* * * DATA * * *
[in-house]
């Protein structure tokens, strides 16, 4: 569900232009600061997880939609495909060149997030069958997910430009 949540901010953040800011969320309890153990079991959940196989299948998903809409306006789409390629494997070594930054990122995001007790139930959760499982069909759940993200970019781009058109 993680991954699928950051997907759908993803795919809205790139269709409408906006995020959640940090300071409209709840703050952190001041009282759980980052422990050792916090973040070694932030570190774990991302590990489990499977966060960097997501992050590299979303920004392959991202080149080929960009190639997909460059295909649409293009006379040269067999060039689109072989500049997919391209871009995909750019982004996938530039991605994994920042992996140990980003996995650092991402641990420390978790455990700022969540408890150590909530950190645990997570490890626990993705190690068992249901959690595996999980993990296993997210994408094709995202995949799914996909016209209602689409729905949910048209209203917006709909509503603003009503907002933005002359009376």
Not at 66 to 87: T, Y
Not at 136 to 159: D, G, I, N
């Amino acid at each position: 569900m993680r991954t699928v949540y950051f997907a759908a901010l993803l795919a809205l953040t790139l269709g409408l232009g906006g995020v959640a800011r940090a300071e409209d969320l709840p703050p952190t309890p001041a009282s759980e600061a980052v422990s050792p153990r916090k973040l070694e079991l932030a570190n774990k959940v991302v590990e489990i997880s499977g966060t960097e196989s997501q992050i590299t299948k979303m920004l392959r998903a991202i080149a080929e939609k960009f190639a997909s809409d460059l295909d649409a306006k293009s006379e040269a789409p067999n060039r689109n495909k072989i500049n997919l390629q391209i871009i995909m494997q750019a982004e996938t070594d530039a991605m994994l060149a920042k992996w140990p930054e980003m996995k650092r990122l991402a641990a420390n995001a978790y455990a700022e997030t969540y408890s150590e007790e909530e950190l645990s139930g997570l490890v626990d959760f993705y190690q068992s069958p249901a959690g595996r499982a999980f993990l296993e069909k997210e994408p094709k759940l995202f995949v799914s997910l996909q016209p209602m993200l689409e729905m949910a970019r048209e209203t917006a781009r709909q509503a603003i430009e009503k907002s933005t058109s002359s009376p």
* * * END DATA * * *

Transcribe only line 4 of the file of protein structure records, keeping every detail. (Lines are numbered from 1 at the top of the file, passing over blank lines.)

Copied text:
Not at 136 to 159: D, G, I, N